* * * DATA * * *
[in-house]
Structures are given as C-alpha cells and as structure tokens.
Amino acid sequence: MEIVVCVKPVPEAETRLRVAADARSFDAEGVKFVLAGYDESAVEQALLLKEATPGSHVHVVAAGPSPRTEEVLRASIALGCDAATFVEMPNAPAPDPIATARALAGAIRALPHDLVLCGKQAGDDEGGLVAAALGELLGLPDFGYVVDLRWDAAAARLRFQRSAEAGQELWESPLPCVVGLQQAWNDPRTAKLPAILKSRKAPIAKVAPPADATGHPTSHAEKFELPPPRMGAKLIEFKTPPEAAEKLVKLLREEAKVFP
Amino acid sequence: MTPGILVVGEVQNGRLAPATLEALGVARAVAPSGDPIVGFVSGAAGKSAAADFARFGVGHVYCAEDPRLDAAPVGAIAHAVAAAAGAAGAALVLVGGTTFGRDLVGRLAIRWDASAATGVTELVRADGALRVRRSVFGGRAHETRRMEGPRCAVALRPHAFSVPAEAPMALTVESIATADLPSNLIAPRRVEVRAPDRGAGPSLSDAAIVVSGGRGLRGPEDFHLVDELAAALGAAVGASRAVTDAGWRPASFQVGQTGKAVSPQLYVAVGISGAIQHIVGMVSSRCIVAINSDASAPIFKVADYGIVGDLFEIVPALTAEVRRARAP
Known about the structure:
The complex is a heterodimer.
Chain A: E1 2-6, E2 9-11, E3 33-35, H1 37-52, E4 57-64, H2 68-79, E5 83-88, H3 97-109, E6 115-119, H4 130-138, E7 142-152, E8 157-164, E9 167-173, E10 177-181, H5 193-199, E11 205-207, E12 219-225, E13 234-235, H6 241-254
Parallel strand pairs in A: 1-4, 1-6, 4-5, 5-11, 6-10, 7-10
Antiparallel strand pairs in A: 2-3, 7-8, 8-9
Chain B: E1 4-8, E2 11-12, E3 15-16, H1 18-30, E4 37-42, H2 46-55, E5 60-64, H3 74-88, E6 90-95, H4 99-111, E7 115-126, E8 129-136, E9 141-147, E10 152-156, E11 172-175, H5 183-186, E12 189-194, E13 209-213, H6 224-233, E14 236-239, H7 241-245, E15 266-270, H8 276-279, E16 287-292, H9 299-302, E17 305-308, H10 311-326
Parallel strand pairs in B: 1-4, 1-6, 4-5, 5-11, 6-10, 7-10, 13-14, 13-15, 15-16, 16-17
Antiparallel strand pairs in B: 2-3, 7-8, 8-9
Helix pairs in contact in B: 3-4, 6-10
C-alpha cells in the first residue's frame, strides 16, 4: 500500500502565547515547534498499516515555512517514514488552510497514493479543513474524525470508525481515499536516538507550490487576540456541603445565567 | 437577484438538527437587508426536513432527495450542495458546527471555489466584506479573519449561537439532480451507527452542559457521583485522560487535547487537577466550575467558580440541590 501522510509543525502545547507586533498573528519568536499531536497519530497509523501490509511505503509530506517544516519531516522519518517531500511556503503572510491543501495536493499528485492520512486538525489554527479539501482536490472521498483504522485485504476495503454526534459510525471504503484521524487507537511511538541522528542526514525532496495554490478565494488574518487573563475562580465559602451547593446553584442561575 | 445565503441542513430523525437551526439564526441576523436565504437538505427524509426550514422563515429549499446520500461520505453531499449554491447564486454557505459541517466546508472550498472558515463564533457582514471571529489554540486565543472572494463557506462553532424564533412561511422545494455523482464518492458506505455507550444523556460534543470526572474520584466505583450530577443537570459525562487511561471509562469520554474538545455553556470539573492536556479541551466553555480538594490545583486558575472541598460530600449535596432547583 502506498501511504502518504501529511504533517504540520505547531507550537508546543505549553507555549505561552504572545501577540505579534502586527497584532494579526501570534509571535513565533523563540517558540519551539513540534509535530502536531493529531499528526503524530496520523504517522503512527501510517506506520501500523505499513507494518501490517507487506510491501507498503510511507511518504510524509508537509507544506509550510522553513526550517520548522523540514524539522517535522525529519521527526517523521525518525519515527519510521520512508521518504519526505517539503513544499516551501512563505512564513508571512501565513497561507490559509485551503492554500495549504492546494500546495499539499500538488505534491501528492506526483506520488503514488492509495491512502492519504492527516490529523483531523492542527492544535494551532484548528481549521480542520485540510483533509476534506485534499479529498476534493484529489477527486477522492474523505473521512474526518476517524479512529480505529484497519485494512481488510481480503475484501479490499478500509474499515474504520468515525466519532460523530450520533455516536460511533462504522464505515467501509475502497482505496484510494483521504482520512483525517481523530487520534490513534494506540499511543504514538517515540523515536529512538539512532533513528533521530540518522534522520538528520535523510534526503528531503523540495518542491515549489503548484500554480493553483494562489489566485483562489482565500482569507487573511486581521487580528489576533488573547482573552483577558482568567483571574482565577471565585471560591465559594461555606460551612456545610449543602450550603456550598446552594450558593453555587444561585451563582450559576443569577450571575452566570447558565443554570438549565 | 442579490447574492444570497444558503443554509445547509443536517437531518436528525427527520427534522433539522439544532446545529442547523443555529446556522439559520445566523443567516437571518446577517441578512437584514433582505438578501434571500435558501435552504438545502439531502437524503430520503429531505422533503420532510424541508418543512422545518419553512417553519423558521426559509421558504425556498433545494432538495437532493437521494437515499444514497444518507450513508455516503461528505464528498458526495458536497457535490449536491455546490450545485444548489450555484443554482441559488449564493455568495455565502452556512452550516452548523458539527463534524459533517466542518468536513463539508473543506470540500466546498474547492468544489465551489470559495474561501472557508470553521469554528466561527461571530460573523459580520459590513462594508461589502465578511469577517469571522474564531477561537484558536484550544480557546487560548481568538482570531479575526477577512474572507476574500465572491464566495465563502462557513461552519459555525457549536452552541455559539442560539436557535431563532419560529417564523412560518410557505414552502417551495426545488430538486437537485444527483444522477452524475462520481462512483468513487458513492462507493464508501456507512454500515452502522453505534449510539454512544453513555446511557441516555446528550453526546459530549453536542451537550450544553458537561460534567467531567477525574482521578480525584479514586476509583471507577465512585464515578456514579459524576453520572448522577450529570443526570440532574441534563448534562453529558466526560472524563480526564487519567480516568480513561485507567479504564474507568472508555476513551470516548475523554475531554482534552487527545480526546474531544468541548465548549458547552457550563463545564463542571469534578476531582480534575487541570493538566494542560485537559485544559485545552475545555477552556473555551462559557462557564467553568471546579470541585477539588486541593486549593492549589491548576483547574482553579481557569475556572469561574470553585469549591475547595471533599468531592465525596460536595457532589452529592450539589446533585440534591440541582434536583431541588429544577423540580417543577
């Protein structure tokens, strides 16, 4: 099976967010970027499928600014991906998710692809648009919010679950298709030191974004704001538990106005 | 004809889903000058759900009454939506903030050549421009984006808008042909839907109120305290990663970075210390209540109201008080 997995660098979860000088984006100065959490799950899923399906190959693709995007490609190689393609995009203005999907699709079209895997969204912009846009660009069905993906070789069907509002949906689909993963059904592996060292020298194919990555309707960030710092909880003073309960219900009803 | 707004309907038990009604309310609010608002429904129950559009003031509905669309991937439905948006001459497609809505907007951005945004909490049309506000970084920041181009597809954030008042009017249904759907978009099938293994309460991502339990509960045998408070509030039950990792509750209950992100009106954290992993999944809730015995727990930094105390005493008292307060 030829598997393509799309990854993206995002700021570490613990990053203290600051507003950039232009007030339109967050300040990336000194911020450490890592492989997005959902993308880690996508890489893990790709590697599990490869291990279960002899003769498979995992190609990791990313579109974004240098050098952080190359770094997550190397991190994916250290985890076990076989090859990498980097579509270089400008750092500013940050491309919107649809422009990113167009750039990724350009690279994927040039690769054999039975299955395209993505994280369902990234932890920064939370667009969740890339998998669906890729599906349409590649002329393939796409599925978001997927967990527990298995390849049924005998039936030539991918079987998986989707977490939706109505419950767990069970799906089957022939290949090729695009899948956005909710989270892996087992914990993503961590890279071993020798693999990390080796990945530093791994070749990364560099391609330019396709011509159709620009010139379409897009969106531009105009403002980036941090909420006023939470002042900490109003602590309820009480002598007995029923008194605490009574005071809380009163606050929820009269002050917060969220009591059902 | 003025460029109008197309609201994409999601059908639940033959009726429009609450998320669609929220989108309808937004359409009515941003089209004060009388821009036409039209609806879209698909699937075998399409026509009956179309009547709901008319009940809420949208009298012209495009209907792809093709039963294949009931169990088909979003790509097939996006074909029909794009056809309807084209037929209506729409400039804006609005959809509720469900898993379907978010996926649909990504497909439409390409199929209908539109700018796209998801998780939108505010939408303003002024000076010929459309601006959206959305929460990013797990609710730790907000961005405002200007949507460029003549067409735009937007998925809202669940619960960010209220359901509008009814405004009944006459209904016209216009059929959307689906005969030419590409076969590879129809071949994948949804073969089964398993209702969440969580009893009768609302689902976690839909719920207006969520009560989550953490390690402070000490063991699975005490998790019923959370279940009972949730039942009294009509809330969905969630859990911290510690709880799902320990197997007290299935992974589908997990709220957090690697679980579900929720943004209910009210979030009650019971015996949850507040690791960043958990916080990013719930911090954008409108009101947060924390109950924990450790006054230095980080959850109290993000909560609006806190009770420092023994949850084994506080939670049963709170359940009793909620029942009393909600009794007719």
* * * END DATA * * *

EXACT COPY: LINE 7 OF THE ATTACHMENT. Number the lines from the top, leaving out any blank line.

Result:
Chain A: E1 2-6, E2 9-11, E3 33-35, H1 37-52, E4 57-64, H2 68-79, E5 83-88, H3 97-109, E6 115-119, H4 130-138, E7 142-152, E8 157-164, E9 167-173, E10 177-181, H5 193-199, E11 205-207, E12 219-225, E13 234-235, H6 241-254